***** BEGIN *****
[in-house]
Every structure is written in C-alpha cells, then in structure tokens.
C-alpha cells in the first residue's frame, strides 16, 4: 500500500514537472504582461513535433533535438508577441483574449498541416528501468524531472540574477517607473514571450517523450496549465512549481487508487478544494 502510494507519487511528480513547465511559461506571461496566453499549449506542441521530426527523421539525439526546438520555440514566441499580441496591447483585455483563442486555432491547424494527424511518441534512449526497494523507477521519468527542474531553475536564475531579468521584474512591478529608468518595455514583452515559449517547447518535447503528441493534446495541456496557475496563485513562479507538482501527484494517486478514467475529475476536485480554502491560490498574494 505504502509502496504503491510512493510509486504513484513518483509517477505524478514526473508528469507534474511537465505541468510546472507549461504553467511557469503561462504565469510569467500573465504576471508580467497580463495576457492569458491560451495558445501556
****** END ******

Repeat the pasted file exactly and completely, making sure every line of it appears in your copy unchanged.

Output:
[in-house]
Every structure is written in C-alpha cells, then in structure tokens.
C-alpha cells in the first residue's frame, strides 16, 4: 500500500514537472504582461513535433533535438508577441483574449498541416528501468524531472540574477517607473514571450517523450496549465512549481487508487478544494 502510494507519487511528480513547465511559461506571461496566453499549449506542441521530426527523421539525439526546438520555440514566441499580441496591447483585455483563442486555432491547424494527424511518441534512449526497494523507477521519468527542474531553475536564475531579468521584474512591478529608468518595455514583452515559449517547447518535447503528441493534446495541456496557475496563485513562479507538482501527484494517486478514467475529475476536485480554502491560490498574494 505504502509502496504503491510512493510509486504513484513518483509517477505524478514526473508528469507534474511537465505541468510546472507549461504553467511557469503561462504565469510569467500573465504576471508580467497580463495576457492569458491560451495558445501556